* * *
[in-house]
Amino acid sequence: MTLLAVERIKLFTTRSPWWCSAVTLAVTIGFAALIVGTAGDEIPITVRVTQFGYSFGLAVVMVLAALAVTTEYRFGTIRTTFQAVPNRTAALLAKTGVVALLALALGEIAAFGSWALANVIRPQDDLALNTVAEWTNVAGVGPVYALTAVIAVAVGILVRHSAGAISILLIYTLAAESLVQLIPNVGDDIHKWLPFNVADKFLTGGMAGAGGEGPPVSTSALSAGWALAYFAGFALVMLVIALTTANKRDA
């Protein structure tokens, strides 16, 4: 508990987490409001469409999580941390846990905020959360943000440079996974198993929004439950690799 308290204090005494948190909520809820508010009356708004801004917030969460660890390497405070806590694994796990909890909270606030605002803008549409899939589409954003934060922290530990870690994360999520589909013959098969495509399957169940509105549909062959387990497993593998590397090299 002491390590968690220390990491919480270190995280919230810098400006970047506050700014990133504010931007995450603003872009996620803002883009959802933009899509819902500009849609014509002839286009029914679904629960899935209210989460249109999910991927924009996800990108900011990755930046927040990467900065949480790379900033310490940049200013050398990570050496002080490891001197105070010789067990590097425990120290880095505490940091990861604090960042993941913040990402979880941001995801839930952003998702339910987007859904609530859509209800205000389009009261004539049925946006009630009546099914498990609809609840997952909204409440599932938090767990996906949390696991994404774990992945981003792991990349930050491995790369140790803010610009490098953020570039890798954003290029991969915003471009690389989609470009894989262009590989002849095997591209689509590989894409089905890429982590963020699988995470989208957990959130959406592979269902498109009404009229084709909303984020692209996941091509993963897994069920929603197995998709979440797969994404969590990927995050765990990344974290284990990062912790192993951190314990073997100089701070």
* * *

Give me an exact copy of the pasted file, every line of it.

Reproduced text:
[in-house]
Amino acid sequence: MTLLAVERIKLFTTRSPWWCSAVTLAVTIGFAALIVGTAGDEIPITVRVTQFGYSFGLAVVMVLAALAVTTEYRFGTIRTTFQAVPNRTAALLAKTGVVALLALALGEIAAFGSWALANVIRPQDDLALNTVAEWTNVAGVGPVYALTAVIAVAVGILVRHSAGAISILLIYTLAAESLVQLIPNVGDDIHKWLPFNVADKFLTGGMAGAGGEGPPVSTSALSAGWALAYFAGFALVMLVIALTTANKRDA
């Protein structure tokens, strides 16, 4: 508990987490409001469409999580941390846990905020959360943000440079996974198993929004439950690799 308290204090005494948190909520809820508010009356708004801004917030969460660890390497405070806590694994796990909890909270606030605002803008549409899939589409954003934060922290530990870690994360999520589909013959098969495509399957169940509105549909062959387990497993593998590397090299 002491390590968690220390990491919480270190995280919230810098400006970047506050700014990133504010931007995450603003872009996620803002883009959802933009899509819902500009849609014509002839286009029914679904629960899935209210989460249109999910991927924009996800990108900011990755930046927040990467900065949480790379900033310490940049200013050398990570050496002080490891001197105070010789067990590097425990120290880095505490940091990861604090960042993941913040990402979880941001995801839930952003998702339910987007859904609530859509209800205000389009009261004539049925946006009630009546099914498990609809609840997952909204409440599932938090767990996906949390696991994404774990992945981003792991990349930050491995790369140790803010610009490098953020570039890798954003290029991969915003471009690389989609470009894989262009590989002849095997591209689509590989894409089905890429982590963020699988995470989208957990959130959406592979269902498109009404009229084709909303984020692209996941091509993963897994069920929603197995998709979440797969994404969590990927995050765990990344974290284990990062912790192993951190314990073997100089701070």